The biannual ACDA 2017 National Conference starts tonight in Minneapolis. Although I won’t be attending this year, I have many colleagues who are and want to share some previews.
I’ve prepared a cheat sheet of conference offerings that appeal to my particular interests: vocal jazz, TTBB Choirs, and composing/arranging. I’ll offer separate posts with each area, as well as a general sit of don’t-miss sessions.
In this post: Can’t Miss – Top Sessions to Attend
Undoubtedly, I’d be attending many of the Interest Sessions I included in my other three posts; however, there are a number of truly excellent offerings that, while they don’t fall specifically into the categories I outlined, nonetheless would be incredibly compelling and worthwhile to my development. Below, I’m listing a few sessions that I’d want to be in the audience for.
Wednesday, 10:45 AM/11:55 AM The Creative Process of Programming: Giving Voice to Community. A pretty reliable rule: if Joe Miller is presenting at a conference, attend. Joe is a visionary leader, combined with a brilliant technician in every area of our craft. In the description: “Many of the ways that we have been taught to program no longer resonate with audiences that live their lives looking at a screen. This session will give participants new ideas about programming traditional and modern repertoire for creating concert experiences that promote a participatory atmosphere for the performers and the audience.”
Wednesday, 10:45 AM/11:55 AM Getting America Singing Again: Bringing Song into Community. Presenter Steven M. Zielke. “The purpose of this session is to present a historical context for how involving all people in singing should be a standard that we aspire to as a professional organization, and innovative and audacious ideas for how this ideal can be put into practice.”
Wednesday, 2:45 PM/Thursday 2:45 A Voice of Reason: Social Justice, the Greater Good, and Why We Sing. From the brilliant Kristina Caswell MacMullen, a former Michigan colleague now at The Ohio State University, “In recent years, choirs have begun to prioritize social justice as a mode of expression and focus. This session will explore several models of this practice.” Kristina is great and I would love to hear more about her research and passion.
Thursday, 10:00AM Teaching Musicianship through Repertoire: A Panel Discussion. Jo-Michael Scheibe shared this past summer about the work he was doing on Vol. 4 of Teaching Music Through Performance in Choir. This should be an excellent session on various approaches, featuring an all-star panel including Jeffrey Ames, Hilary Apfelstadt, Lynne Gackle, James Jordan, and Phillip Swan.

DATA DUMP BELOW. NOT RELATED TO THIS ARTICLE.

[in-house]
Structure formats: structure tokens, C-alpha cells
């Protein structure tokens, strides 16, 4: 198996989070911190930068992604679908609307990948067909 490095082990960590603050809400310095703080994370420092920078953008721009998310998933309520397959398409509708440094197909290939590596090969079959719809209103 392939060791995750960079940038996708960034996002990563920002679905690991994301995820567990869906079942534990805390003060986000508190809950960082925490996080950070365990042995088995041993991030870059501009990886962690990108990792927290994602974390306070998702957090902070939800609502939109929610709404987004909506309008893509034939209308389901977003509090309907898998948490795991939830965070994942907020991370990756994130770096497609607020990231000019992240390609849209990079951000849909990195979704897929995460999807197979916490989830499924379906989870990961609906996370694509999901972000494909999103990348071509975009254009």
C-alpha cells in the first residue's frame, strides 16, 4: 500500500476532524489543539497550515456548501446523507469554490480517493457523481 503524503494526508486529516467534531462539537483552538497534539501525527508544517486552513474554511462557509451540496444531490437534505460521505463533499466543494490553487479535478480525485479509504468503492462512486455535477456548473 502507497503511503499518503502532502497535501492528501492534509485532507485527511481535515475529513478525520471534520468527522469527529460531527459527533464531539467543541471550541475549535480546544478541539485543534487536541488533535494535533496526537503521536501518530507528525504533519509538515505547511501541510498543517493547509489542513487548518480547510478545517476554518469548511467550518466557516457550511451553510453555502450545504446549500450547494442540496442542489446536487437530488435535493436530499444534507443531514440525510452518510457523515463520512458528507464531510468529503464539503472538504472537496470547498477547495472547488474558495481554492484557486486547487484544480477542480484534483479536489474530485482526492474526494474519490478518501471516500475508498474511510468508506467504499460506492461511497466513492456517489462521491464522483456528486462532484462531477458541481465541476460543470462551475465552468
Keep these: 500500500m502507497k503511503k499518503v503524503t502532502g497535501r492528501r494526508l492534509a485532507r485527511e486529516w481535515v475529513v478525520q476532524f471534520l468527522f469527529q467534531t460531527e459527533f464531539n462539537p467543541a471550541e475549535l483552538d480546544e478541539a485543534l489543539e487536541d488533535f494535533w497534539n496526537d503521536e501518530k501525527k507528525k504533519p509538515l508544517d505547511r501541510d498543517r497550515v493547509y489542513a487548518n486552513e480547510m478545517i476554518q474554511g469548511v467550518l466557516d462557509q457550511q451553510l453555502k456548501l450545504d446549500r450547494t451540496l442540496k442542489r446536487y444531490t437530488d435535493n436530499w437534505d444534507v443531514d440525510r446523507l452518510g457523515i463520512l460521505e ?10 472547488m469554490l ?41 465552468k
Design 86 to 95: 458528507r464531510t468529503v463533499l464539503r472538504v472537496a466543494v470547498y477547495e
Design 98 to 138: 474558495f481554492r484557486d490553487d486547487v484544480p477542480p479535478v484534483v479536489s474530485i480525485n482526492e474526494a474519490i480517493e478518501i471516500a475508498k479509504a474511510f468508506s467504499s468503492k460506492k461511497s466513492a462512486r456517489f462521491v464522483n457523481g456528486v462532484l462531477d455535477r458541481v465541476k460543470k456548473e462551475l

Thursday, 2:45 PM How A Conductor Things: Real-Time Decision Making in Rehearsal. Presenter Jerry Blackstone is a leading light in Michigan choral music, and his session will use a volunteer choir from the audience to “demonstrate and reflect on the conductor’s preparation and decision-making process as he leads a live rehearsal.”
Friday, 10:00 AM The Adolescent Female Changing Voice: Supporting Singers for a Life of Song. Presenter Bridget Sweet recently shared profound insights on this topic at the Michigan Music Conference; her research and message are both powerful and not-to-be-missed.
Friday, 2:45 PM/Saturday 10:45 AM Creating Safe People: Honoring LGBTQ Singers in the Choral Classroom. Joshua Palkki is at the leading edge of teaching us all what it means to create a safe space – and safe people – inside our choral classroom. I continue to learn lots from him via Social Media, his scholarly writings, and our own conversations. If this is a topic you are thinking a lot about, Josh will help. If this is a topic you aren’t thinking a lot about, you need to be in this session.
Friday, 2:45 PM/Saturday 10:45 AM Leonard Bernstein at 100: Choral Insights from the Podium. Joseph Flummerfelt collaborated with Bernstein as conductor of the Westminster Choir and the New York Choral Artists; he will share stories and insights on one of America’s most important musical leaders.
The term “embarrassment of riches” really was coined to describe situations like an ACDA National Conference. Because beyond the triple-booked sessions I’ve outlined for you, there are amazing concert lineups, a huge exhibit hall with nearly 150 exhibitors encompassing every aspect of the choral art. That’s to say nothing of the friends and colleagues you haven’t seen in YEARS!